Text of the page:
Security experts have discovered previously undiscovered Creepy Malware that is employed by the threat actors that appear to target Israeli firms only, members of the cyber espionage hacker group “POLONIUM.”

ESET claims that POLONIUM targets engineering, IT, legal, communications, and marketing. And insurance organizations in Israel use a wide variety of bespoke malware. At the time of writing, the group’s campaigns were still going strong.

The group’s destructive actions were first reported by Microsoft’s Threat Intelligence team in June 2022, when they connected Lebanon-based POLONIUM threat actors with Iran’s Ministry of Intelligence and Security (MOIS).

The POLONIUM toolset

According to ESET, POLONIUM does not use data wipes, ransomware, or other file-damaging malware and is only engaged in cyberespionage.

At least seven different types of bespoke backdoors have been employed by hackers since September 2021. Including four new, undocumented backdoors called “TechnoCreep,” “FlipCreep,” “MegaCreep,” and “PapaCreep.”

The seven backdoors deployed by POLONIUM
The seven backdoors deployed by POLONIUM since September 2021 (ESET)

Some backdoors take advantage of legitimate cloud services, like Mega, OneDrive, and Dropbox, as command and control (C2) servers. Other backdoors connect to external C2 servers using regular TCP connections or obtain commands from files stored on FTP sites.

The capacity to collect keystrokes, screenshot the desktop, take pictures with the webcam, exfiltrate files from the host, and install new malware. And run commands on the compromised device is just a few of the dangerous activities that backdoors are capable of.

The first backdoor written in C++ was discovered in September 2022 and is called PapaCreep. Earlier backdoors were either written in PowerShell or C#.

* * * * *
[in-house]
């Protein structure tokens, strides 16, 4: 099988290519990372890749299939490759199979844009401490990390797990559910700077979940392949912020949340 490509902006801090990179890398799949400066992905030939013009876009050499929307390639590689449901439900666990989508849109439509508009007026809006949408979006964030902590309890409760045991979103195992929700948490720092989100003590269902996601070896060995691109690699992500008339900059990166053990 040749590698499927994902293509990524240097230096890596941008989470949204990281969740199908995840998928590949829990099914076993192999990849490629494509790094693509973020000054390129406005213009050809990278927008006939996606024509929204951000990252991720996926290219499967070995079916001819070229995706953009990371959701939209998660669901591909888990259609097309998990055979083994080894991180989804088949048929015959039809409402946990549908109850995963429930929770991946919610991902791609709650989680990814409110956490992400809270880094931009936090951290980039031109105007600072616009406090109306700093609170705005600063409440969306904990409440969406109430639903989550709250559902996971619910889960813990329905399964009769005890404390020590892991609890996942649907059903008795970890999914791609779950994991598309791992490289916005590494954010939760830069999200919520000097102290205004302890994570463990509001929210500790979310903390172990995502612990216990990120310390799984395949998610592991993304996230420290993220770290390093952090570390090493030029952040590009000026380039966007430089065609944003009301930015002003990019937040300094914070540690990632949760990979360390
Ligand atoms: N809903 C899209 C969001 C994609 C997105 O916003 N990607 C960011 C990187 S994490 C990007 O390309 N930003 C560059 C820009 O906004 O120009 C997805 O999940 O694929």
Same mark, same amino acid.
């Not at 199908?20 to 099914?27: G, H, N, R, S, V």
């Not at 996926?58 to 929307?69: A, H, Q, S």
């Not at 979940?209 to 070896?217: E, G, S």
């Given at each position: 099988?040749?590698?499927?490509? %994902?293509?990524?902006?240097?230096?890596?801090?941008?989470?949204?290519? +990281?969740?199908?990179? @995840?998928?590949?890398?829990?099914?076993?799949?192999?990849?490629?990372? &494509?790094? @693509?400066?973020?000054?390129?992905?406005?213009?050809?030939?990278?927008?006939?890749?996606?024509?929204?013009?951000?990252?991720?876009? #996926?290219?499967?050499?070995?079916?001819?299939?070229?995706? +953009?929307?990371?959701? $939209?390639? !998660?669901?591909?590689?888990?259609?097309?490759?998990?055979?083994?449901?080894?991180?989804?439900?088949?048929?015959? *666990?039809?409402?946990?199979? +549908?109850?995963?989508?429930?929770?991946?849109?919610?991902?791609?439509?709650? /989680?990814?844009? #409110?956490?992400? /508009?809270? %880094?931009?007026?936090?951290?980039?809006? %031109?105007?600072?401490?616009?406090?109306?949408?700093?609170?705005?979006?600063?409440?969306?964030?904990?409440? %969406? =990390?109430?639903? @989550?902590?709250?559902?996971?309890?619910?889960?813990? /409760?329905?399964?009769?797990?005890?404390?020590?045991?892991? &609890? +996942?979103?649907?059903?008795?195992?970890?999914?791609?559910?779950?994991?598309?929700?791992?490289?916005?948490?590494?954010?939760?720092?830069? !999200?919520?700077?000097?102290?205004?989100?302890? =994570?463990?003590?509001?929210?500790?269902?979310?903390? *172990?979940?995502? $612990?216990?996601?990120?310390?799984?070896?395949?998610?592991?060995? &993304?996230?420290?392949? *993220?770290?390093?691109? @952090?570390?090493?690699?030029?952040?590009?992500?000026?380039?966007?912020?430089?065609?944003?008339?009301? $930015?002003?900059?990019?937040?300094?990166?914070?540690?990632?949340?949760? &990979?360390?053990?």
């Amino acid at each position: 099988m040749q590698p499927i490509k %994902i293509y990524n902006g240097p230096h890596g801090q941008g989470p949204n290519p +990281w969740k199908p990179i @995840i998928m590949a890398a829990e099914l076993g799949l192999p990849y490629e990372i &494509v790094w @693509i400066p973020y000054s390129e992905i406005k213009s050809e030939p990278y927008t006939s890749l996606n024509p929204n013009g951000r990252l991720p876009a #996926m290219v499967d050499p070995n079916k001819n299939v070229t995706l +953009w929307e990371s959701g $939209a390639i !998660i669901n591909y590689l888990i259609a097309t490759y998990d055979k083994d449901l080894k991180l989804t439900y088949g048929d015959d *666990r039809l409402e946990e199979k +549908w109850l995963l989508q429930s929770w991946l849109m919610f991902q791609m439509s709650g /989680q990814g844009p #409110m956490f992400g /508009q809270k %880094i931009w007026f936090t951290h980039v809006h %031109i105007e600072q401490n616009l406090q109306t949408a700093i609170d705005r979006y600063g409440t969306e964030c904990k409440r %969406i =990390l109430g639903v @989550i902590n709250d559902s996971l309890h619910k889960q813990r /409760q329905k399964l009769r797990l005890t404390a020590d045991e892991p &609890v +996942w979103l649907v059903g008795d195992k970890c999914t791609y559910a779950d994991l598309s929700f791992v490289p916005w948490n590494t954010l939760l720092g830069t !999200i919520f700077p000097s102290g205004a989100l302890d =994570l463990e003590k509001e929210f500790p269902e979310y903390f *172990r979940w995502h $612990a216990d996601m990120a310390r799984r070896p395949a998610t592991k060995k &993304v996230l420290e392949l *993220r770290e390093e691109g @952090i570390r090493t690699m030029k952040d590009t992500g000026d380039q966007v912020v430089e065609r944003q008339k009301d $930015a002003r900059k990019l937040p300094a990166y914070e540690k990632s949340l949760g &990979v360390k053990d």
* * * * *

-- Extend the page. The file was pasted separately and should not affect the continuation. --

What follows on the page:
Additionally modular, PapaCreep divides the tasks of command execution, C2 communication, file upload, and file download into manageable units.

The benefits include the ability for the components to operate independently, persist through various scheduled operations in the compromised system, and make the backdoor more difficult to find.


There is some redundancy in the processes because POLONIUM uses a variety of free source tools, either customized or off-the-shelf, for reverse proxying, screenshotting, keylogging, and webcam snapping in addition to the “Creepy” variations.

An elusive hacking groups

Microsoft previously stated that POLONIUM was utilizing well-known VPN product weaknesses to breach networks. But ESET was unable to identify the methods used to initially compromise a network.

Mapping the group’s operations is difficult since the threat actor’s private network infrastructure is concealed behind virtual private servers (VPS) and legitimately compromised websites.

Israel is currently in the crosshairs of POLONIUM, a sophisticated and highly focused danger. But this might alter at any time if the objectives or interests shift.